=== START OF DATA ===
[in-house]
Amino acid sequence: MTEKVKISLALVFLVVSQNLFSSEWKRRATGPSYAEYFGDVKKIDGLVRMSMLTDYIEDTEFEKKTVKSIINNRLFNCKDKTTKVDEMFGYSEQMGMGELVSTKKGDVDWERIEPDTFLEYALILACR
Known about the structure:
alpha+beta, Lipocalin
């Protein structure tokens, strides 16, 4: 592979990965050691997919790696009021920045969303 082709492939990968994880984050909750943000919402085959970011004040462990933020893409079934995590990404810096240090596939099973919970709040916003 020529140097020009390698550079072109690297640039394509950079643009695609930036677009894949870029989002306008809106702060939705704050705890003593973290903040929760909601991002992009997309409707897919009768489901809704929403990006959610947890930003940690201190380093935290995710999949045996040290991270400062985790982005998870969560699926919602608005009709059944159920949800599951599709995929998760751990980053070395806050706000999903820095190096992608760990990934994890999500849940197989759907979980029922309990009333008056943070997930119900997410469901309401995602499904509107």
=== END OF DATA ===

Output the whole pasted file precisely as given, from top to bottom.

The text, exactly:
[in-house]
Amino acid sequence: MTEKVKISLALVFLVVSQNLFSSEWKRRATGPSYAEYFGDVKKIDGLVRMSMLTDYIEDTEFEKKTVKSIINNRLFNCKDKTTKVDEMFGYSEQMGMGELVSTKKGDVDWERIEPDTFLEYALILACR
Known about the structure:
alpha+beta, Lipocalin
């Protein structure tokens, strides 16, 4: 592979990965050691997919790696009021920045969303 082709492939990968994880984050909750943000919402085959970011004040462990933020893409079934995590990404810096240090596939099973919970709040916003 020529140097020009390698550079072109690297640039394509950079643009695609930036677009894949870029989002306008809106702060939705704050705890003593973290903040929760909601991002992009997309409707897919009768489901809704929403990006959610947890930003940690201190380093935290995710999949045996040290991270400062985790982005998870969560699926919602608005009709059944159920949800599951599709995929998760751990980053070395806050706000999903820095190096992608760990990934994890999500849940197989759907979980029922309990009333008056943070997930119900997410469901309401995602499904509107």